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preventable, could be reduced to a minimum by proper sanitation. Our ears have been deaf, our eyes closed, and our minds dulled to this horrible state of affairs, because forsooth we are used to it. How often in my clinic at the Jefferson Hospital, as my house surgeon reads to the class the history of patient after patient, I hear this startling statement: "A. B., aged 25 years, had the usual diseases of childhood"— as if disease ought to be "usual." Moreover, those of whom this is said have recovered from the "usual diseases of childhood," but those who have fallen in the holocaust from measles, mumps, chicken-pox, whooping cough, scarlet fever, and diphtheria have passed beyond any clinic or any history. This field alone is a splendid opportunity for fruitful work in this fair twentieth century just opening, and if you do your duty, and the rest of our profession do theirs, long before its end, such a history will state that "A. B., aged 25 years, had the usual health of childhood," for the now usual diseases will be banished. Happy childhood will be free from their assaults, and health instead of sickness will be the standard. It is a mark of a low grade of civilization that any disease should be "usual." It reminds us of the days before Jenner, when almost everybody had small-pox, and its victims were numbered by the hundreds of thousands. Soon may the happy day come when the only two causes of death will be accident and old age; when the surgeons will only be called upon to remedy the injuries inflicted by the first, and the physicians' only service will be to assist at our entrance into the world and to sign the death-certificates of centenarians!
THE CHEERFULNESS OF DEATH.*
OST people, even most Christian people, shrink from Death. In sermons and hymns, and in literature, it is generally represented as repulsive. It is spoken of as "Death's Cold Stream," "The Last Enemy," and the "Dark Valley of the Shadow of Death," and the "terrors of death" are pictured in vivid terms. For the Christian at least this is all wrong. Death should be in reality his best friend; welcomed rather than feared.
So far as the physical aspect of death is concerned, the universal teaching of physicians is that the process of dying is rarely painful or even unwelcome to the patient, though full of sorrow to his family. A happy unconsciousness in nearly all cases shields the dying man from pain. The weakness, the fever, the parched lips, the labored breathing, are all unfelt. Most people die quietly and often almost imperceptibly.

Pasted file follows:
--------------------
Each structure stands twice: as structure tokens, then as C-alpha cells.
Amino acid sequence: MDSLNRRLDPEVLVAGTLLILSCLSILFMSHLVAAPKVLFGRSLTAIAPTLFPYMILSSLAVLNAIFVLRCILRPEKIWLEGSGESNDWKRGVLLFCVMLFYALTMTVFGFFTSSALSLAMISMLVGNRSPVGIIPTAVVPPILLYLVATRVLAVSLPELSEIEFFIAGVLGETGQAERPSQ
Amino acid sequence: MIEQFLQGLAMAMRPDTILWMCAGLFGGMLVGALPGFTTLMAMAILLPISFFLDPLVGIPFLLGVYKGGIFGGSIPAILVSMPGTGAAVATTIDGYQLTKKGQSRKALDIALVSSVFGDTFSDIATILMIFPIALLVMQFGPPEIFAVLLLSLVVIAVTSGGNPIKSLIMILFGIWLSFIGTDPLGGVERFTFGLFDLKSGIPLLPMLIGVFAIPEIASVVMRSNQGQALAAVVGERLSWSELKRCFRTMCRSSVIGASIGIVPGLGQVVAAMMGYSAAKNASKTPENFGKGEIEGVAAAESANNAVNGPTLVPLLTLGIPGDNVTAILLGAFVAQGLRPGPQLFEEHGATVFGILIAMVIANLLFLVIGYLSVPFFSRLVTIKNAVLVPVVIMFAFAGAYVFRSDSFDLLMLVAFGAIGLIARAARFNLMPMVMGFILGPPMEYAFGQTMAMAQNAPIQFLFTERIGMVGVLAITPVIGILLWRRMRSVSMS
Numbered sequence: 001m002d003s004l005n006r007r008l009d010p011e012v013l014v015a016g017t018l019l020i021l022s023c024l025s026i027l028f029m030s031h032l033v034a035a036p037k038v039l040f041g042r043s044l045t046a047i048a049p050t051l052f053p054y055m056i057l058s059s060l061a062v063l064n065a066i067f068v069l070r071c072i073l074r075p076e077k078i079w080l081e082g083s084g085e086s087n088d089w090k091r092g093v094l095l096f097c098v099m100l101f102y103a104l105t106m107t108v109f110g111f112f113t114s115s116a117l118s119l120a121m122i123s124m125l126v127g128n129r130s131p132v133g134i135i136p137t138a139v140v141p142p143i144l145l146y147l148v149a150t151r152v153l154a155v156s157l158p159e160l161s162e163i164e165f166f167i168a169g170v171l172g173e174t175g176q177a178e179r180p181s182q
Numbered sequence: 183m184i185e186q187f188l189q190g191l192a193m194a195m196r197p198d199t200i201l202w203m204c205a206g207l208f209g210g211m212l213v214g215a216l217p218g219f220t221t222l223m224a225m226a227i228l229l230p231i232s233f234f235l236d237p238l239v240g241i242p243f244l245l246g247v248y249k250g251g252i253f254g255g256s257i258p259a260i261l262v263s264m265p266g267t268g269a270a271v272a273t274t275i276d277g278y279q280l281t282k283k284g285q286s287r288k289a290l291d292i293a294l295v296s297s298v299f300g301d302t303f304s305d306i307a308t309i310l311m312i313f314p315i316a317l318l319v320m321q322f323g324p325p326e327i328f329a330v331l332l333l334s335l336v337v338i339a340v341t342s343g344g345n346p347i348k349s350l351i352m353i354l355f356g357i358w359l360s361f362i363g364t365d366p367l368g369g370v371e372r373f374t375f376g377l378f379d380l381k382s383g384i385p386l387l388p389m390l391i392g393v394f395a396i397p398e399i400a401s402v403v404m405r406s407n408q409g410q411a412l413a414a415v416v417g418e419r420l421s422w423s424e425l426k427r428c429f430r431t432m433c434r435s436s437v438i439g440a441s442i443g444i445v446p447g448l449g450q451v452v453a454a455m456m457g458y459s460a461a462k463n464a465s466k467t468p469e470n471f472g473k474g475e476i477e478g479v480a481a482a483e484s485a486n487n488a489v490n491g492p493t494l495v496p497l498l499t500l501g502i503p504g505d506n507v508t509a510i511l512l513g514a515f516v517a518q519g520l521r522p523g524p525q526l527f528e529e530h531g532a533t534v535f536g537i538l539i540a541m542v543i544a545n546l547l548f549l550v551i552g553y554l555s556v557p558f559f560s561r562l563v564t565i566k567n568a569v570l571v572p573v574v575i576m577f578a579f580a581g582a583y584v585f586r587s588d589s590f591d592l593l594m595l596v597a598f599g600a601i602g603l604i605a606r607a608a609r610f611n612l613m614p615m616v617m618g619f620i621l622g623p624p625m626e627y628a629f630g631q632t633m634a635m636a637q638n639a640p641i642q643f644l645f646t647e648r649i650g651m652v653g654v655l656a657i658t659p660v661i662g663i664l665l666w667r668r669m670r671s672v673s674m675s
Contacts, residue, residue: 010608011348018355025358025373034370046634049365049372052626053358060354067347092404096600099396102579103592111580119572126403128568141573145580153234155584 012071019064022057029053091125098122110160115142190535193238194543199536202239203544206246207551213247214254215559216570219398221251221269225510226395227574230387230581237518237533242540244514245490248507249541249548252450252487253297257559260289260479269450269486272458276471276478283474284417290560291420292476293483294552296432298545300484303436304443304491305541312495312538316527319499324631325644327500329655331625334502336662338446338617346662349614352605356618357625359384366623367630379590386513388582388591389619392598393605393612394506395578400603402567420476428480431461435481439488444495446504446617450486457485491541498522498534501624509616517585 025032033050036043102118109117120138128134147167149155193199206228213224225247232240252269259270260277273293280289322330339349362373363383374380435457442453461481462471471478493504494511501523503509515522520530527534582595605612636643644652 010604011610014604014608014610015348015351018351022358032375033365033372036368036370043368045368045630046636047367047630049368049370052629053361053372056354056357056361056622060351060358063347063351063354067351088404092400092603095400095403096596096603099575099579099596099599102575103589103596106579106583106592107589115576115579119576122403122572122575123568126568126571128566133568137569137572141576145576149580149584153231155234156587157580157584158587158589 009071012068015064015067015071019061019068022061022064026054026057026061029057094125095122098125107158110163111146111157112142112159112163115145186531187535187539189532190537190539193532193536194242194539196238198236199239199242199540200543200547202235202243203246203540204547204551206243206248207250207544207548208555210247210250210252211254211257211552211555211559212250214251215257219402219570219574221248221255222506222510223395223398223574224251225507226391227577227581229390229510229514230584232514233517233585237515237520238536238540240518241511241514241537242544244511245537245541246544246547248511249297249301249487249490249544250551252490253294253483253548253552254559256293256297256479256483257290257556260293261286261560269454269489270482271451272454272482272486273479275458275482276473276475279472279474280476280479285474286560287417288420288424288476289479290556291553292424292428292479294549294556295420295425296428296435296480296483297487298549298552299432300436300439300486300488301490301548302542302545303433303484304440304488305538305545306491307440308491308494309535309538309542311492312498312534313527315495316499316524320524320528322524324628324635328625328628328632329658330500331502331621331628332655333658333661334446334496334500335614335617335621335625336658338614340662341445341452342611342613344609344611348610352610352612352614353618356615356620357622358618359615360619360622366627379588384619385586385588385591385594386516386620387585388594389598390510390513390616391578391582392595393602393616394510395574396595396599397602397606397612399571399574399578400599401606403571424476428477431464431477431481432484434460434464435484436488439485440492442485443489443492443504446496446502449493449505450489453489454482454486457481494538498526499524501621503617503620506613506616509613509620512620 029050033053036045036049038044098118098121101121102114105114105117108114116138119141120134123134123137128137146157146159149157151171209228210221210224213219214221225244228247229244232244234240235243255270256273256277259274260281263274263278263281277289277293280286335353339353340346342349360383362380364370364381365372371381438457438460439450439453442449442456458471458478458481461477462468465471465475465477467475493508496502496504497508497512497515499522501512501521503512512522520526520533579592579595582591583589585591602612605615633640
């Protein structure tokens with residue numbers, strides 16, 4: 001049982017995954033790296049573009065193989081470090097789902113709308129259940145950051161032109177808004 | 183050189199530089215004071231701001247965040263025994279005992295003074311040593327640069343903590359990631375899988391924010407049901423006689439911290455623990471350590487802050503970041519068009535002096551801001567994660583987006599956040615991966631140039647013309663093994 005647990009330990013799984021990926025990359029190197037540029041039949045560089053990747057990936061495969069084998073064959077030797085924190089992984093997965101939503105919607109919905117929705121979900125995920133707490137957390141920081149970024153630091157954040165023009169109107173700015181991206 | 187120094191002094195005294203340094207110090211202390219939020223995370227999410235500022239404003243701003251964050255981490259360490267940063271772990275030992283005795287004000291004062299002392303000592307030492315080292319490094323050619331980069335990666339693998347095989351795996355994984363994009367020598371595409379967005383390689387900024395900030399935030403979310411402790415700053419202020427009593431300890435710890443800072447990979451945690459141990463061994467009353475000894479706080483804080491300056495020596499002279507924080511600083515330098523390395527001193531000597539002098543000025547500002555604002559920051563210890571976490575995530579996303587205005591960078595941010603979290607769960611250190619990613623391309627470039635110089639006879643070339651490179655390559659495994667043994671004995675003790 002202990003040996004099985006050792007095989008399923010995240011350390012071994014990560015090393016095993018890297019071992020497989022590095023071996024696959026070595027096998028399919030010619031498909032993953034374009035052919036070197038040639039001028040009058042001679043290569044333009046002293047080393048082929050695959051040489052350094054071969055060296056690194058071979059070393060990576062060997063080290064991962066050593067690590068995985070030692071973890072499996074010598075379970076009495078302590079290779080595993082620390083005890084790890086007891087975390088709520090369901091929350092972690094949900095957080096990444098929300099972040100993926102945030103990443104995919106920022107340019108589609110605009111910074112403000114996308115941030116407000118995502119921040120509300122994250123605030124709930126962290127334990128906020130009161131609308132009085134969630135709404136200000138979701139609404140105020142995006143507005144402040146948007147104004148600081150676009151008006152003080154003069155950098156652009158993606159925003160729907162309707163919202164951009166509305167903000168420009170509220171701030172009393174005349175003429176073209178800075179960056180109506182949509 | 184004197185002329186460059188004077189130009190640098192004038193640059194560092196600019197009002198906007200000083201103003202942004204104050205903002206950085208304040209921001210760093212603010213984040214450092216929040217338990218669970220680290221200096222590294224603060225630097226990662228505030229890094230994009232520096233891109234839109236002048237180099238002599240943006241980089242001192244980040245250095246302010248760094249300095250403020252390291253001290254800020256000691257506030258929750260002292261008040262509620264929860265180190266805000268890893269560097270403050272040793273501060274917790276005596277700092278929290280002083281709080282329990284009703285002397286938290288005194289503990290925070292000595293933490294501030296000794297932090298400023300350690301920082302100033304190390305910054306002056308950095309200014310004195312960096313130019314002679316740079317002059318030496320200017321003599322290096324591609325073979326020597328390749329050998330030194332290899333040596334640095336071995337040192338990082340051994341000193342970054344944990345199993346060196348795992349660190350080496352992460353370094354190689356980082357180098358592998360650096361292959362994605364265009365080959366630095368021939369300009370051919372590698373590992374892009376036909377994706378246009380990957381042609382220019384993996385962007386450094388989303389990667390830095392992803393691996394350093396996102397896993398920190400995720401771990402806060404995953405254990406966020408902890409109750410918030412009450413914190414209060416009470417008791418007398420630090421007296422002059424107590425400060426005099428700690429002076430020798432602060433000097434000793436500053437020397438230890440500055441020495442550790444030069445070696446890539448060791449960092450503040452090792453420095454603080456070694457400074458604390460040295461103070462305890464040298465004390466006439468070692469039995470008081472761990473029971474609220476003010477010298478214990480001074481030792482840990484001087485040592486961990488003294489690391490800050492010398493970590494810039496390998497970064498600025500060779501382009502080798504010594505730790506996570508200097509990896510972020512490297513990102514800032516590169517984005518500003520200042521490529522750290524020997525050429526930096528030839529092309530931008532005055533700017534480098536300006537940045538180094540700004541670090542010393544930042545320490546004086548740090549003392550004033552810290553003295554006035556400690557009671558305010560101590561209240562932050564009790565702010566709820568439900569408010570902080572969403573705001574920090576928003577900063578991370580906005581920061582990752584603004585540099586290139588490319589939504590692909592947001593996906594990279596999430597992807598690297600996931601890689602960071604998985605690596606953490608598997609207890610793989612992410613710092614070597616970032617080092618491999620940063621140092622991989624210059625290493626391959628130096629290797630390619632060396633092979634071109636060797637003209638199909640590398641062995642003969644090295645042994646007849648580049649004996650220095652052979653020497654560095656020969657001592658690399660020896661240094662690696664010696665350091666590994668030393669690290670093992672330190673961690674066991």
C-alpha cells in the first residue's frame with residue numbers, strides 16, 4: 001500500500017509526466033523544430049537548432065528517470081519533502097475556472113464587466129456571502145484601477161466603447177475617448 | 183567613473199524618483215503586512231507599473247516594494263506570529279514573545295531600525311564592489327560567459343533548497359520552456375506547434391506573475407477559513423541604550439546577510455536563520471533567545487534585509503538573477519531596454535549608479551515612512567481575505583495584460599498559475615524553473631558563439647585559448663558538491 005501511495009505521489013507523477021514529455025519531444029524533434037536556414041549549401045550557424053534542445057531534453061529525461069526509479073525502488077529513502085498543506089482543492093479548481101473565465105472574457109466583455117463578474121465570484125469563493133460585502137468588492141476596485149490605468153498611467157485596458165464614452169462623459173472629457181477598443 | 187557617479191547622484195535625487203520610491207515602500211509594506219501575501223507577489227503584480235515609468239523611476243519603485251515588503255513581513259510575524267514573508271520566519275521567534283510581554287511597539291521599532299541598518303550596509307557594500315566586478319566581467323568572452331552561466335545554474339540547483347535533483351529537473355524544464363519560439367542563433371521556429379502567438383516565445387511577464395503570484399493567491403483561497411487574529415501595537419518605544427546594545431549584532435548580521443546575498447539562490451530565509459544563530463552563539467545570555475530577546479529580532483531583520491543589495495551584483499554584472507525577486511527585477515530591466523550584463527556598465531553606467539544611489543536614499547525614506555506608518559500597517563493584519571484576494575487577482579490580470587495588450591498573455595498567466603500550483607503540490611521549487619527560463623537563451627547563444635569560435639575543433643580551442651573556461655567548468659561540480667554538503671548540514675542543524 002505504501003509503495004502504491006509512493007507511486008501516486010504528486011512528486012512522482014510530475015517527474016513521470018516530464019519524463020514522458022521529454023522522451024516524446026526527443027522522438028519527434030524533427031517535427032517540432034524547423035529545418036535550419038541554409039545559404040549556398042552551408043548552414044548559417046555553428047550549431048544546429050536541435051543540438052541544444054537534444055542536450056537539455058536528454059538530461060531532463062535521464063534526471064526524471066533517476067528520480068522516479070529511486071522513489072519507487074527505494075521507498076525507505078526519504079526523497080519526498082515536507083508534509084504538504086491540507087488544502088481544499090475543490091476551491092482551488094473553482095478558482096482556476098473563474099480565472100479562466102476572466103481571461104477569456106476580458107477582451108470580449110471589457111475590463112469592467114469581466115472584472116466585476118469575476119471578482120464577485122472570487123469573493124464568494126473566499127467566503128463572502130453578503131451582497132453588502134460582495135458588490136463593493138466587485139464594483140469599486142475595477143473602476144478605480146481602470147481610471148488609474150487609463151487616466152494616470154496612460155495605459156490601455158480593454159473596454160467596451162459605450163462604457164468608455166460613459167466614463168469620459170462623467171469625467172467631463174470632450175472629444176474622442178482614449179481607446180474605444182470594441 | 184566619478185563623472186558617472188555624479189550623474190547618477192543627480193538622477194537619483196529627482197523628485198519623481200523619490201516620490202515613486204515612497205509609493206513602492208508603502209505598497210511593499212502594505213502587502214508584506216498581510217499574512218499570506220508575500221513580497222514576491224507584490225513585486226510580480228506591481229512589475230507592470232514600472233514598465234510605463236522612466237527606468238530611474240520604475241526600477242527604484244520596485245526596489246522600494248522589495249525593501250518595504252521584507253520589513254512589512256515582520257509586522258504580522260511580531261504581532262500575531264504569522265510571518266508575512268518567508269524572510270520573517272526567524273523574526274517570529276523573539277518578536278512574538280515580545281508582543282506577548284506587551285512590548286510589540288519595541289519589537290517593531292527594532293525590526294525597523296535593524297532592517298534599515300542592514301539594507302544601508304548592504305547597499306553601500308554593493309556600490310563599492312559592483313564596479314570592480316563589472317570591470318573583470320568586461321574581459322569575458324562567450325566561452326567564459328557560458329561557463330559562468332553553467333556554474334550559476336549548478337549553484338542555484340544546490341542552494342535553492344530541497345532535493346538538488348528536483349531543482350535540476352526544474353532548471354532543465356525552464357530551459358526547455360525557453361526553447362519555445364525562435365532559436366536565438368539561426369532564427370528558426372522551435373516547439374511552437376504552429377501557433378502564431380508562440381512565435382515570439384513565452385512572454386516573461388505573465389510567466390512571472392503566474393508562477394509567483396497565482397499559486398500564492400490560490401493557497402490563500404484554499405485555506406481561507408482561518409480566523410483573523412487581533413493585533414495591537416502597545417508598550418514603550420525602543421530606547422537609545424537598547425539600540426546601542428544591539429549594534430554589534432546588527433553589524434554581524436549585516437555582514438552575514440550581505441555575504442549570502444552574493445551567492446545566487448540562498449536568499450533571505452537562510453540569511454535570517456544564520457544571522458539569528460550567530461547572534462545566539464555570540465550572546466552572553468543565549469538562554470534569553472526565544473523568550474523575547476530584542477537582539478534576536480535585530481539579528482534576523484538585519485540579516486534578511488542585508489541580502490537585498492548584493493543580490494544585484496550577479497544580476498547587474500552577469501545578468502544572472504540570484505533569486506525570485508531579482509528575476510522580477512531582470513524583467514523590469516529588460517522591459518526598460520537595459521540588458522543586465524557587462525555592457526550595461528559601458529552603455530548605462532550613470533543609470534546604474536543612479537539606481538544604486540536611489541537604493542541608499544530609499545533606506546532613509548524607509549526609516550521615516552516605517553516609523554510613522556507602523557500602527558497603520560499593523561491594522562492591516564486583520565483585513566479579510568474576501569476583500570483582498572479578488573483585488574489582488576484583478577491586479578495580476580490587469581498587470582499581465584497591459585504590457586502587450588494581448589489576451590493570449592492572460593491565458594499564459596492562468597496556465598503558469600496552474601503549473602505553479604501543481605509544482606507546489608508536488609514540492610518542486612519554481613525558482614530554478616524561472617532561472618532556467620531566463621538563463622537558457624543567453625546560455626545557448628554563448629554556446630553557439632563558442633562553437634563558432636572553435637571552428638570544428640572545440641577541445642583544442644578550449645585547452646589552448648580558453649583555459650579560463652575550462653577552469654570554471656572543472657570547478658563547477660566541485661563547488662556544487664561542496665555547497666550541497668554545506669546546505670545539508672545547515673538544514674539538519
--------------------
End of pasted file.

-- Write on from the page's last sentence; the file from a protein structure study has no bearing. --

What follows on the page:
"We thought her dying when she slept,
is often true. Even when convulsive moments occur, they are entirely independent of consciousness; merely physical in origin and character, and absolutely unattended by any suffering.
If, then, death is not an unpleasant process physically, why should it be feared from the spiritual side? See what it does for the Christian.
* Reprinted from the Outlook of October 24, 1903.
It frees him from accident, sickness, and suffering, to which his body has been liable all his life, and from which he has often suffered, sometimes intensely and for long periods of time.
It frees him from all sorrow. No one who has reached even adolescence escapes sorrow. To many, sorrows are multiplied manifold and bear down even the stoutest heart. The "weary" and the "heavy laden" make up the mass of mankind.
It opens the gates of heaven to him. While we know nothing accurately of the details of the heavenly life, we do know that there we shall live in eternal bliss; there we shall be in the presence of God himself; there we shall see and know intimately our Lord Jesus Christ; there we shall feel the influence of the Holy Spirit; there we shall meet the saints of all ages; there we shall be reunited to the dear ones who have happily preceded us; there shall come in due time the dear ones we have left on earth; there our minds. will expand beyond our present comprehension; there all the unsolved problems of earth will be as clear as day; there we shall learn why perplexity, disappointment, and trouble were our lot on earth and were needful for the orderly and sufficient development of our own character, and of God's large plans not only for us, but for the race; there, in a world, all that is evil shall vanish away and all that is good shall be ours forever.